Report Projects 7,000 Renewable Energy Jobs in Utah

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A new study concludes that new renewable energy and energy efficiency investments in Utah could yield 7,000 net ongoing jobs, $310 million in net annual earnings, and a $300 million net annual increase in gross domestic product by state (GDPS) by 2020, according to alternative energy organization AWEA.

The report, “Building the Clean Energy Economy: A Study on Jobs and Economic Development of Clean Energy in Utah,” analyzes the economic impacts of an energy strategy that includes a 20% electricity reduction through energy efficiency measures and 20% of electricity coming from renewable resources by 2020. The study was requested by Governor Gary Herbert’s energy advisor, Dianne Nielson.

“This study confirms that increasing energy efficiency and renewable energy development will have a net positive impact on Utah’s economy,” said Sarah Wright, executive director of Utah Clean Energy, the nonprofit organization that led the analysis, told AWEA. “Utah has set goals to increase efficiency and renewables over the next ten years; with leadership and determination, Utah can make clean energy an integral part of our economy.”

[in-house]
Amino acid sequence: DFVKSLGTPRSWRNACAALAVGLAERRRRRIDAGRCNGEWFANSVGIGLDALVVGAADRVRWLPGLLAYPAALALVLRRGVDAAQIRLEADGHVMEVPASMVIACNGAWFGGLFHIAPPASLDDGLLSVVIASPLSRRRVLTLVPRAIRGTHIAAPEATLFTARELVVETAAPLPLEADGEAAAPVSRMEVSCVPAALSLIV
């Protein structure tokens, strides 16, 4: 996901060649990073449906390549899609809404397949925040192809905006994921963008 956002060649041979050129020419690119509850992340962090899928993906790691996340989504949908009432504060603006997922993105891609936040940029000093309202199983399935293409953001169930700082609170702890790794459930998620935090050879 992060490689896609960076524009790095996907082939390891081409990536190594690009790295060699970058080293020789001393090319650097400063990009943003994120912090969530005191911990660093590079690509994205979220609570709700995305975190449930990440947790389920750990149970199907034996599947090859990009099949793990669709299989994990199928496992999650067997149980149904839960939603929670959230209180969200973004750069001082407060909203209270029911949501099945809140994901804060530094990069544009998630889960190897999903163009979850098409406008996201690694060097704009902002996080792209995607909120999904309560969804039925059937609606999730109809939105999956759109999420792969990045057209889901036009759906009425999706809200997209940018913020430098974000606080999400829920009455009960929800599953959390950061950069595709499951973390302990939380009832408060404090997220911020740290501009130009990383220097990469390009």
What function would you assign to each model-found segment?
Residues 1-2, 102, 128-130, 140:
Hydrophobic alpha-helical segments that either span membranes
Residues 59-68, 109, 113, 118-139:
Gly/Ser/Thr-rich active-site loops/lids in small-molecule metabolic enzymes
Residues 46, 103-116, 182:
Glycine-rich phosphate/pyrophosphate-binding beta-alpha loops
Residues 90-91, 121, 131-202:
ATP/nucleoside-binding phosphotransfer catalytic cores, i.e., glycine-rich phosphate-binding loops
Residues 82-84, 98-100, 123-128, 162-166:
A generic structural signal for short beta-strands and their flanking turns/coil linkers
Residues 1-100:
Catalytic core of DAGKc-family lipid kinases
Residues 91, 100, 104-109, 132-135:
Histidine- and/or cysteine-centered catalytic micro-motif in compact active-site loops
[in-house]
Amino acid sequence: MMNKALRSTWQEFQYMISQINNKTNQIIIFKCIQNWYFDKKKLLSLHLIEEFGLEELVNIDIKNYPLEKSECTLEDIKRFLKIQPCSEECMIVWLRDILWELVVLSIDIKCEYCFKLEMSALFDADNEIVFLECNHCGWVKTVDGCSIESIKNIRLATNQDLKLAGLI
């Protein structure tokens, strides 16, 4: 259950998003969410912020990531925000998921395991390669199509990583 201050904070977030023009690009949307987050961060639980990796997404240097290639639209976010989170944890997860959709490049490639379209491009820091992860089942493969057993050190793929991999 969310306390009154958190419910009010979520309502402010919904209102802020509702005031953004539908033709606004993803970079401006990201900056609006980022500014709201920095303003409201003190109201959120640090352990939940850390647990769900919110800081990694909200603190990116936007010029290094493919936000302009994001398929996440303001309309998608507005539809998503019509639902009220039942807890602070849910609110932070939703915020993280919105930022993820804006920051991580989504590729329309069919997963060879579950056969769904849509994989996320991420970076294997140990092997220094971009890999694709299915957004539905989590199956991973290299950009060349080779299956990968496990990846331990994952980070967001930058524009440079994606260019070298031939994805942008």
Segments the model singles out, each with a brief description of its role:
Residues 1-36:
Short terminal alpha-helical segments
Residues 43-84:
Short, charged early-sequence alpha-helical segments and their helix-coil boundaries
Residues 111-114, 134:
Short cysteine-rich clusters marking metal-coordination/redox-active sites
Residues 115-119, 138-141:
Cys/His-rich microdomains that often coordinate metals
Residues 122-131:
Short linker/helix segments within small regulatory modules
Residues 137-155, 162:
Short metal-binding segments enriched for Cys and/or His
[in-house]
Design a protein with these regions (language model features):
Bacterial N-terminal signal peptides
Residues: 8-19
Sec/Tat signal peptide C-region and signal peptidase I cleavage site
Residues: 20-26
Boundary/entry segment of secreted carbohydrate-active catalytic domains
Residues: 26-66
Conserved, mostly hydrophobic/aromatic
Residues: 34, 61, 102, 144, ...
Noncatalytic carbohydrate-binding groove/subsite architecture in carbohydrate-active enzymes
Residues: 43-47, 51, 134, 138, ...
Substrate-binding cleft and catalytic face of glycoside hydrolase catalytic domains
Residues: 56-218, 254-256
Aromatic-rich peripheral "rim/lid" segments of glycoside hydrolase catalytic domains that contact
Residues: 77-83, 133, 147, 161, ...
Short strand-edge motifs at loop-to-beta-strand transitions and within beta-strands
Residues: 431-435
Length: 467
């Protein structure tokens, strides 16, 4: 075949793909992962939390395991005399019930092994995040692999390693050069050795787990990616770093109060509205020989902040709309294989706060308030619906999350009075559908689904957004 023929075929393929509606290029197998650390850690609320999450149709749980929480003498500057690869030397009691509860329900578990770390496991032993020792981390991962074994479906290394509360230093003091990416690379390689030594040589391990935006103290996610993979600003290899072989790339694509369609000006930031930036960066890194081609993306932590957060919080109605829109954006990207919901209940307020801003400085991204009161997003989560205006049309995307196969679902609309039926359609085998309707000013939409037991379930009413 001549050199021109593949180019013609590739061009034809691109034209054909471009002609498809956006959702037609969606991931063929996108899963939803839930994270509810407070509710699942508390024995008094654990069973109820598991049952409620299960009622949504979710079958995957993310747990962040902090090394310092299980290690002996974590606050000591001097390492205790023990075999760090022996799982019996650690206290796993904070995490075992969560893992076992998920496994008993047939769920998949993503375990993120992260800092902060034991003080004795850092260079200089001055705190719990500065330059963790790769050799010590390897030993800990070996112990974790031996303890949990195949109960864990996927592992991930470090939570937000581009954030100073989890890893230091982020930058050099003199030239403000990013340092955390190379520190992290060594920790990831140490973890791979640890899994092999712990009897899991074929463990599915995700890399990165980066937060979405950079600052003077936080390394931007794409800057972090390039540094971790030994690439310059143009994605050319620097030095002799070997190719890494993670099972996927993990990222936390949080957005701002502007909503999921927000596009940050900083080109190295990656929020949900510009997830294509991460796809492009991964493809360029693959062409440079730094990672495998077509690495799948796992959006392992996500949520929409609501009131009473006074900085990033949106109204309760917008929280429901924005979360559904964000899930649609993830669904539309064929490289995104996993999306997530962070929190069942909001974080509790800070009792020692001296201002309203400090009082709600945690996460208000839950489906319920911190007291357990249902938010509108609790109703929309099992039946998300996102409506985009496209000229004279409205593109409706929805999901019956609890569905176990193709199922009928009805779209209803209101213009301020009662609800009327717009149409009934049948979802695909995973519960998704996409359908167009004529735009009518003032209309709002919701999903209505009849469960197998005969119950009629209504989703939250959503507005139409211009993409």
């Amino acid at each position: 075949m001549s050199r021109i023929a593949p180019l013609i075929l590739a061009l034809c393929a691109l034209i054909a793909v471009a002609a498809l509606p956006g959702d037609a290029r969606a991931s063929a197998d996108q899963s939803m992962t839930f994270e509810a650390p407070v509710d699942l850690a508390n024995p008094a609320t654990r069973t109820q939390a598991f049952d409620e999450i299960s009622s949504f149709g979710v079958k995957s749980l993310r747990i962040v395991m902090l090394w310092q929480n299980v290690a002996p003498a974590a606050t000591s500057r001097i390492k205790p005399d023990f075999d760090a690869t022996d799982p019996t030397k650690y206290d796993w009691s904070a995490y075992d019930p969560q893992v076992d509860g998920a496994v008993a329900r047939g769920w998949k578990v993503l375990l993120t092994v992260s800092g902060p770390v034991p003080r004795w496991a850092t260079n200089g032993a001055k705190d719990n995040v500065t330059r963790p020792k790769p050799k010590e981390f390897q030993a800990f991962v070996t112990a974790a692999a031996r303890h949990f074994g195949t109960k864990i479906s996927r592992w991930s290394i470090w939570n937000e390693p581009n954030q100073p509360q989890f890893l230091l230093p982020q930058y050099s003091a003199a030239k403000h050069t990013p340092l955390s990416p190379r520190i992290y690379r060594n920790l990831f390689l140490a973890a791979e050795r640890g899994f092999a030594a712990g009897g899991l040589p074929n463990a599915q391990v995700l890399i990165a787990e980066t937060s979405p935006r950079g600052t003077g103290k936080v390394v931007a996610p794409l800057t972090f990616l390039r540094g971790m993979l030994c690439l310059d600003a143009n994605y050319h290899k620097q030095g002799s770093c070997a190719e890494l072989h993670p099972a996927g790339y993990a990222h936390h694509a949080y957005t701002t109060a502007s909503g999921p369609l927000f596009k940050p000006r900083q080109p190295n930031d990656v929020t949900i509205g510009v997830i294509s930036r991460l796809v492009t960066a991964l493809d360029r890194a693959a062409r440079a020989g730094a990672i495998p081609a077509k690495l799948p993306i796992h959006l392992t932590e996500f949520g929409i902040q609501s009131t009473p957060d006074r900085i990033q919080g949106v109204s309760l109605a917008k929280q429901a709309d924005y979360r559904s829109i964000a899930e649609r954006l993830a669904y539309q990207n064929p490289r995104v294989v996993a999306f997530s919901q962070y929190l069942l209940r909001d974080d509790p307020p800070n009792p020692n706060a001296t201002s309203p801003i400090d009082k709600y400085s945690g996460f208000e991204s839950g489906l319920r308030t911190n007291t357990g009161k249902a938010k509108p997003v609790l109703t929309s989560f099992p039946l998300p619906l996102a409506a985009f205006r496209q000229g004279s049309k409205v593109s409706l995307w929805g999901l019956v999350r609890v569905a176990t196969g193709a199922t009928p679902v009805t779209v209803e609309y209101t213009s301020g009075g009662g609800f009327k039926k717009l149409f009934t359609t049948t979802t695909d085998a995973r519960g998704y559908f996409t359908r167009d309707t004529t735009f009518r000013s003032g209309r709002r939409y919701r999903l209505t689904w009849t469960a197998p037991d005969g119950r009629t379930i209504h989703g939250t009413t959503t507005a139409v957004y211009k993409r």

Utah Clean Energy collaborated with two economic consultant organizations, MRG & Associates and Wikstrom Economic & Planning Consultants, to conduct the economic analysis.

In 2008, the state of Utah initiated the Utah Renewable Energy Zone (UREZ) Task Force to identify Utah’s homegrown renewable energy resources (wind power, concentrating solar power, and geothermal) suitable for utility scale electricity generation.

Renewable resources modeled include:

— 475 MW of wind energy generation in Utah

— 241 MW of geothermal generation;

–150 MW of concentrating solar power (CSP) with storage;

— 84 MW of residential and commercial solar photovoltaic (PV) distributed electricity; and

— 23 MW of various types of biomass.

The renewable electricity generated from this mix of renewable energy resources expands Utah’s percentage of renewable electricity usage from roughly 4% in 2007 to 20% by 2020.

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